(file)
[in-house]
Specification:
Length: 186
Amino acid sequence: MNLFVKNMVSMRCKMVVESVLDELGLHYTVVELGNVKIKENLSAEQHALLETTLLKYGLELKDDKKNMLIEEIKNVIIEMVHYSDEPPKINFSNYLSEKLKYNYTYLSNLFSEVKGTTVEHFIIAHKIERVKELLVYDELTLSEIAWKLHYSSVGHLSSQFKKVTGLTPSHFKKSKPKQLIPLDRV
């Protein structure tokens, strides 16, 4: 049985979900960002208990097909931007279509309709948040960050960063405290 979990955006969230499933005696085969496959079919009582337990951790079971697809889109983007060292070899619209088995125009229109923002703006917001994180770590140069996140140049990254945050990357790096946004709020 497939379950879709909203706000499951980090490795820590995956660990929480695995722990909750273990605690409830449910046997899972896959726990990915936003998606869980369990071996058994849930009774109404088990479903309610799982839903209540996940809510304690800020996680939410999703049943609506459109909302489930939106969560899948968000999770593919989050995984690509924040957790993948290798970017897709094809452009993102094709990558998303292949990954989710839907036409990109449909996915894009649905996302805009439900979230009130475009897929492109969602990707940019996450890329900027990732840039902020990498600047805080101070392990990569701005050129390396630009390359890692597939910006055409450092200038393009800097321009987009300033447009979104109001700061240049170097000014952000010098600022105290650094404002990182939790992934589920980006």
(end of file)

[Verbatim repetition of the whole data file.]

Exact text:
[in-house]
Specification:
Length: 186
Amino acid sequence: MNLFVKNMVSMRCKMVVESVLDELGLHYTVVELGNVKIKENLSAEQHALLETTLLKYGLELKDDKKNMLIEEIKNVIIEMVHYSDEPPKINFSNYLSEKLKYNYTYLSNLFSEVKGTTVEHFIIAHKIERVKELLVYDELTLSEIAWKLHYSSVGHLSSQFKKVTGLTPSHFKKSKPKQLIPLDRV
């Protein structure tokens, strides 16, 4: 049985979900960002208990097909931007279509309709948040960050960063405290 979990955006969230499933005696085969496959079919009582337990951790079971697809889109983007060292070899619209088995125009229109923002703006917001994180770590140069996140140049990254945050990357790096946004709020 497939379950879709909203706000499951980090490795820590995956660990929480695995722990909750273990605690409830449910046997899972896959726990990915936003998606869980369990071996058994849930009774109404088990479903309610799982839903209540996940809510304690800020996680939410999703049943609506459109909302489930939106969560899948968000999770593919989050995984690509924040957790993948290798970017897709094809452009993102094709990558998303292949990954989710839907036409990109449909996915894009649905996302805009439900979230009130475009897929492109969602990707940019996450890329900027990732840039902020990498600047805080101070392990990569701005050129390396630009390359890692597939910006055409450092200038393009800097321009987009300033447009979104109001700061240049170097000014952000010098600022105290650094404002990182939790992934589920980006």